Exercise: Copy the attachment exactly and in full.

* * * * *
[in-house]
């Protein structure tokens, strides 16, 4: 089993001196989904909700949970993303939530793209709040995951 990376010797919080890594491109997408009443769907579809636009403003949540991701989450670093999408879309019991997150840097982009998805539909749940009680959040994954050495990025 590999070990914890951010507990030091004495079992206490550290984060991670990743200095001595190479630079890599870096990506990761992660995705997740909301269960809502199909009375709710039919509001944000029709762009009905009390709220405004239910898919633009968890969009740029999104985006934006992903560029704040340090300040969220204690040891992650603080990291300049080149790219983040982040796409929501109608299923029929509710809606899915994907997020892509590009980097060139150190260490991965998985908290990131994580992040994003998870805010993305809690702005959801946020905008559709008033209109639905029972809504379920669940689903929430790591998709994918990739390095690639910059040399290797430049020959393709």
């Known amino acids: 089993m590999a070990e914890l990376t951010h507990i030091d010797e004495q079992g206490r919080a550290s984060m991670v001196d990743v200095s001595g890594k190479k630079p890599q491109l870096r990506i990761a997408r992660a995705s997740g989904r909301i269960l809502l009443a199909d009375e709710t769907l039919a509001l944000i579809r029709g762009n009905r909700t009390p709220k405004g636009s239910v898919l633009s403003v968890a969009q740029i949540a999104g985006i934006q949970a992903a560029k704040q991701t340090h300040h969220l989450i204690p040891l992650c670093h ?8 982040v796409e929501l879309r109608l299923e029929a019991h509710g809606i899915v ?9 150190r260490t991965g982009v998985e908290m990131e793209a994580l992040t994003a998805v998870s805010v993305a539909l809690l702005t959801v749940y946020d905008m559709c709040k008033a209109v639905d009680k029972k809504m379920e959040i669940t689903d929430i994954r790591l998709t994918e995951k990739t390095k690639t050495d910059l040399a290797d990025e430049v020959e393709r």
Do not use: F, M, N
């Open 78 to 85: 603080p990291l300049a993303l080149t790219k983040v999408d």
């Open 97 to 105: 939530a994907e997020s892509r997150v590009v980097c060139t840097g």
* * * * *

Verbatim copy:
[in-house]
């Protein structure tokens, strides 16, 4: 089993001196989904909700949970993303939530793209709040995951 990376010797919080890594491109997408009443769907579809636009403003949540991701989450670093999408879309019991997150840097982009998805539909749940009680959040994954050495990025 590999070990914890951010507990030091004495079992206490550290984060991670990743200095001595190479630079890599870096990506990761992660995705997740909301269960809502199909009375709710039919509001944000029709762009009905009390709220405004239910898919633009968890969009740029999104985006934006992903560029704040340090300040969220204690040891992650603080990291300049080149790219983040982040796409929501109608299923029929509710809606899915994907997020892509590009980097060139150190260490991965998985908290990131994580992040994003998870805010993305809690702005959801946020905008559709008033209109639905029972809504379920669940689903929430790591998709994918990739390095690639910059040399290797430049020959393709």
């Known amino acids: 089993m590999a070990e914890l990376t951010h507990i030091d010797e004495q079992g206490r919080a550290s984060m991670v001196d990743v200095s001595g890594k190479k630079p890599q491109l870096r990506i990761a997408r992660a995705s997740g989904r909301i269960l809502l009443a199909d009375e709710t769907l039919a509001l944000i579809r029709g762009n009905r909700t009390p709220k405004g636009s239910v898919l633009s403003v968890a969009q740029i949540a999104g985006i934006q949970a992903a560029k704040q991701t340090h300040h969220l989450i204690p040891l992650c670093h ?8 982040v796409e929501l879309r109608l299923e029929a019991h509710g809606i899915v ?9 150190r260490t991965g982009v998985e908290m990131e793209a994580l992040t994003a998805v998870s805010v993305a539909l809690l702005t959801v749940y946020d905008m559709c709040k008033a209109v639905d009680k029972k809504m379920e959040i669940t689903d929430i994954r790591l998709t994918e995951k990739t390095k690639t050495d910059l040399a290797d990025e430049v020959e393709r």
Do not use: F, M, N
């Open 78 to 85: 603080p990291l300049a993303l080149t790219k983040v999408d």
């Open 97 to 105: 939530a994907e997020s892509r997150v590009v980097c060139t840097g």